Comedian Ashley Gutermuth peforms relatable bits about her life as a military spouse, runner and animal lover.

Comedian Ashley Gutermuth peforms relatable bits about her life as a military spouse, runner and animal lover. (@photoladyphotos)

Comedian Ashley Gutermuth’s last name is often mispronounced “gutter mouth,” which is neither an accurate pronunciation nor a description of her stand-up routine.

Gutermuth is a clean comic who does relatable bits about her life as a military spouse, runner and animal lover. She pokes fun at her high-and-tight haircut and seems to relish confusing people about her gender.

In one bit, she talks about moving frequently because of her husband’s Air Force career. “My job is convincing people that I have a husband,” she quips.

The military community in Japan can see her perform live this month when the Best Medicine Brigade comedy group tours bases from the snowy northeast to sunny Okinawa.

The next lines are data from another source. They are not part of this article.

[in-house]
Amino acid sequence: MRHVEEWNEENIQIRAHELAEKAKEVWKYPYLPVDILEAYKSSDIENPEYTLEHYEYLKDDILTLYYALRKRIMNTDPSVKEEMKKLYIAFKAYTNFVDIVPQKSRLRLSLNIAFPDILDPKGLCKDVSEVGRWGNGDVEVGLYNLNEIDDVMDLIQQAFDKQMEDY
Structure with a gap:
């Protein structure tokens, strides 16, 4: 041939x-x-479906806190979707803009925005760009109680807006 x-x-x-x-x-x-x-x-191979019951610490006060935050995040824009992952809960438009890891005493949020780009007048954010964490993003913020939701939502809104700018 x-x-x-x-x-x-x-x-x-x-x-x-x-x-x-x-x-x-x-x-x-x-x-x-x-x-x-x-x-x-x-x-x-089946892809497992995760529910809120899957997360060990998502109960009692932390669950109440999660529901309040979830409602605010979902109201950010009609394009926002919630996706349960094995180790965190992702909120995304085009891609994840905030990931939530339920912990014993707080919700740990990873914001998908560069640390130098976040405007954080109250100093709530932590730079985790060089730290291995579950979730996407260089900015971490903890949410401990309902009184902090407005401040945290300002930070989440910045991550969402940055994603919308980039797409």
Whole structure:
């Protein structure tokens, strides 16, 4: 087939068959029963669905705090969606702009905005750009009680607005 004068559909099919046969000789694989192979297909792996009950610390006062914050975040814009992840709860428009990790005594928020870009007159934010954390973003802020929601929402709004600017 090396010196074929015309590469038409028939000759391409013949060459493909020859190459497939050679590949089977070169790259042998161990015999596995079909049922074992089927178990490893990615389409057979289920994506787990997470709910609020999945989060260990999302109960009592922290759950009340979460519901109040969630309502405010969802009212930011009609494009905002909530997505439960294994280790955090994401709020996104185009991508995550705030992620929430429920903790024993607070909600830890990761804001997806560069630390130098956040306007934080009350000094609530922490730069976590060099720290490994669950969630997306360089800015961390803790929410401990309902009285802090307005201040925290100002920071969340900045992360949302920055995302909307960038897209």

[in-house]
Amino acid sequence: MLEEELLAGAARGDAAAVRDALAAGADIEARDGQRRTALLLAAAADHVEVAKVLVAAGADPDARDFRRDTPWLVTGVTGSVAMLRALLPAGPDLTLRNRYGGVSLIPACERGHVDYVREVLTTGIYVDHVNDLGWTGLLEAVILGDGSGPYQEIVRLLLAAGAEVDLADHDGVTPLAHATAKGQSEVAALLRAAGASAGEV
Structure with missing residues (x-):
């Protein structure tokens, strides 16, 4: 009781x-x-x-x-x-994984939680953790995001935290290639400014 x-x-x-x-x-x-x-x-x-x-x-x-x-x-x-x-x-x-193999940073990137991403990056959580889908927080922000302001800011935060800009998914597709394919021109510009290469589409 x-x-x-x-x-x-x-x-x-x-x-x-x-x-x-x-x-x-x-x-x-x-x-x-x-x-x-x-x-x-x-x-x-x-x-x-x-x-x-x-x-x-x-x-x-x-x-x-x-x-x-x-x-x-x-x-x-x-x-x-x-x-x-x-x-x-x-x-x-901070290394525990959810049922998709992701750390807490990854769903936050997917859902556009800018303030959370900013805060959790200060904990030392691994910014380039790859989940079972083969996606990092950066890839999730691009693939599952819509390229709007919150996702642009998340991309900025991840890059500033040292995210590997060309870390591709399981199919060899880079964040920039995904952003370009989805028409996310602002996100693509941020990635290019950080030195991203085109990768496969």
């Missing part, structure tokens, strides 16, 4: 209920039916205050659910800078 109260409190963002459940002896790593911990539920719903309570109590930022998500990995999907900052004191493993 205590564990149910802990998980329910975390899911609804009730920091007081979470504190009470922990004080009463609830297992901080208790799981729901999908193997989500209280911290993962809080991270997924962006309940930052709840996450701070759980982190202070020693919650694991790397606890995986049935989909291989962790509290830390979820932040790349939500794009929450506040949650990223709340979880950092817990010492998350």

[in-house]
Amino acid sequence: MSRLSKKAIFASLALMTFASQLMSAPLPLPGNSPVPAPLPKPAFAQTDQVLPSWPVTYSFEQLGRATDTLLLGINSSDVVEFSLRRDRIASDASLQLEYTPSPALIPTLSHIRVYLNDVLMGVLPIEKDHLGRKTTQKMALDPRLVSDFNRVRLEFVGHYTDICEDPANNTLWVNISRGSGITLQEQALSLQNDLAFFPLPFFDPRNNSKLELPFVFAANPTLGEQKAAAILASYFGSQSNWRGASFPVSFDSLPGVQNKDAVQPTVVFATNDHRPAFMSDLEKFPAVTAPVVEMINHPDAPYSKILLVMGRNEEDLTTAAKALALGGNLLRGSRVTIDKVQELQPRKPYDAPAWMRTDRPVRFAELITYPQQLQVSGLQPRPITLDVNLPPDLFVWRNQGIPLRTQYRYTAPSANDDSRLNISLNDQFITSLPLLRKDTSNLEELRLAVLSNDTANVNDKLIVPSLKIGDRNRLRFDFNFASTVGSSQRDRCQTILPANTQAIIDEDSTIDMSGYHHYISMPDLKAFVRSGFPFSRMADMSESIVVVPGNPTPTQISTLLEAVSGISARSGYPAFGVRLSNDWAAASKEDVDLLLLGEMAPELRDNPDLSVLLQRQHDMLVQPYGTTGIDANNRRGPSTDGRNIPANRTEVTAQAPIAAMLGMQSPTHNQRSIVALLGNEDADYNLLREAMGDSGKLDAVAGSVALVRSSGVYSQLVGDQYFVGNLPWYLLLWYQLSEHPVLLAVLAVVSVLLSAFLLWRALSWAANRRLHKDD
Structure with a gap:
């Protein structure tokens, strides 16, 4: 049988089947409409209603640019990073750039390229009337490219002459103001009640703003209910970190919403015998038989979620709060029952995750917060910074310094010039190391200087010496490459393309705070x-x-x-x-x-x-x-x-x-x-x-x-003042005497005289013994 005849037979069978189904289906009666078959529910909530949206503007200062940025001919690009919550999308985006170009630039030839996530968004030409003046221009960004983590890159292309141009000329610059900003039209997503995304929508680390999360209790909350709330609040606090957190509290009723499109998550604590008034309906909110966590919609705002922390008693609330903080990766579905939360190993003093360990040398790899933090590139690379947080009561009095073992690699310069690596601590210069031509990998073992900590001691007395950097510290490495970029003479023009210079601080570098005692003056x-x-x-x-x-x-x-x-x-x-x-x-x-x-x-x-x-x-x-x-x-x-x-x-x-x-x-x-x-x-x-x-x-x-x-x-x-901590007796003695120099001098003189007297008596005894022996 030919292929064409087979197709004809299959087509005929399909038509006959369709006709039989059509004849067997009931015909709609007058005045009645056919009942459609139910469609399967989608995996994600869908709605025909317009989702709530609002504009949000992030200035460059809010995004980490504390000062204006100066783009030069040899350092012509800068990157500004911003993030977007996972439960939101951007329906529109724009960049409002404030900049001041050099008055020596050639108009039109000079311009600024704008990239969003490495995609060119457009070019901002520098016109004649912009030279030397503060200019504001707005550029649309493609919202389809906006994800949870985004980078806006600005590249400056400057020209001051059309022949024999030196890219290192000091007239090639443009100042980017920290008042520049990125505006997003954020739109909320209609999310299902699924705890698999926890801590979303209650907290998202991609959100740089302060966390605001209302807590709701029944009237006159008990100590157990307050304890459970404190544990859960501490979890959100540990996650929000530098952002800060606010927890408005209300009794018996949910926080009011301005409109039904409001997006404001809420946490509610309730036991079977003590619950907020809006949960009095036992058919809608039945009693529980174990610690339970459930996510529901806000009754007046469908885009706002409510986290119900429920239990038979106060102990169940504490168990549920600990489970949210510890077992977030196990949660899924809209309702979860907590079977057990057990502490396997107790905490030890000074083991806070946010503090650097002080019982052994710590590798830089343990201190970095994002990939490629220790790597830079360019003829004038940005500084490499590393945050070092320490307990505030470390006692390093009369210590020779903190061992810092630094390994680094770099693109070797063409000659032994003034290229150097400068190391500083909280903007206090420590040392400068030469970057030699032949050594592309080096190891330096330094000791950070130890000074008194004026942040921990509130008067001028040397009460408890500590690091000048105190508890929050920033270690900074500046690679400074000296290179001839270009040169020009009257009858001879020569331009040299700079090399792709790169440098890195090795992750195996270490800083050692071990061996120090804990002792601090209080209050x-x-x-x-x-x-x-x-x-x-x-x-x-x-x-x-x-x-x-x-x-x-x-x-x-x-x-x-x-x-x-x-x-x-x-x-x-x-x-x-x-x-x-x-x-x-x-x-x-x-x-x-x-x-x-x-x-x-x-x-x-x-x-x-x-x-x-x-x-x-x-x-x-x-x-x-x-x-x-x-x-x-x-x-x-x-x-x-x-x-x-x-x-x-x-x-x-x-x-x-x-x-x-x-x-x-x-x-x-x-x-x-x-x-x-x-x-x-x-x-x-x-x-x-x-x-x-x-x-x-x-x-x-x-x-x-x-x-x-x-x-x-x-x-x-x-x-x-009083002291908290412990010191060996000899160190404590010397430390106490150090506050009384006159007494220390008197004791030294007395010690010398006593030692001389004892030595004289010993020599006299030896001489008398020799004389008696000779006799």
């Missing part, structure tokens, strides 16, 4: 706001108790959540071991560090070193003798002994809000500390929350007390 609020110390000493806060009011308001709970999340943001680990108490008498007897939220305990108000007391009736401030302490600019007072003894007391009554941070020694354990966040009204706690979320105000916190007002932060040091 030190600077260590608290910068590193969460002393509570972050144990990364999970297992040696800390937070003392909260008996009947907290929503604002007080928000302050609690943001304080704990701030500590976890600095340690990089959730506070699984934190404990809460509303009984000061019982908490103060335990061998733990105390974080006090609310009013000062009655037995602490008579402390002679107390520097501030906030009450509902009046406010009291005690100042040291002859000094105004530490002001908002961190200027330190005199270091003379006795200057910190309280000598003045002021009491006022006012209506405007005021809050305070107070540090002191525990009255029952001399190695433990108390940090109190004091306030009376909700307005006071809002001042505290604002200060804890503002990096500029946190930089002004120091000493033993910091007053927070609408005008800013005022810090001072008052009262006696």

Gutermuth, named the 2023 Air Force spouse of the year by Armed Forces Insurance, uses her social media presence to highlight issues affecting military families such as food insecurity, spouse unemployment rates and housing.

Gutermuth in 2020 won the “Seinfeld Challenge,” judged by Jerry Seinfeld in an episode of “The Tonight Show Starring Jimmy Fallon.” She has appeared alongside comedians Mark Curry, Chris Kattan and Steve Hytner, among others.

Comedian Ashley Gutermuth peforms relatable bits about her life as a military spouse, runner and animal lover.

Comedian Ashley Gutermuth peforms relatable bits about her life as a military spouse, runner and animal lover. (Ashley Gutermuth)

The Best Medicine Brigade — founder and Army veteran Robin Phoenix, Christian Johnson and Gutermuth — kicks off the first performance of its Japan tour on Feb. 7 at Yokota Air Base in western Tokyo. The Brigade strives to bring “heal-arious” comedy to military members who need a dose of fun.

Gutermuth spoke to Stars and Stripes through Zoom on Jan. 17 about the upcoming tour. Her responses have been edited for length and clarity.

Stars and Stripes: Have you ever been to Japan?

Gutermuth: I’ve never been to that part of the world at all. So, it’s a whole new thing. I want to make a video like, “Hey, how do I behave?” because I don’t want to do anything culturally wrong. I’m already a little odd, so I don’t want to cause any diplomatic issues.

How did you meet your husband?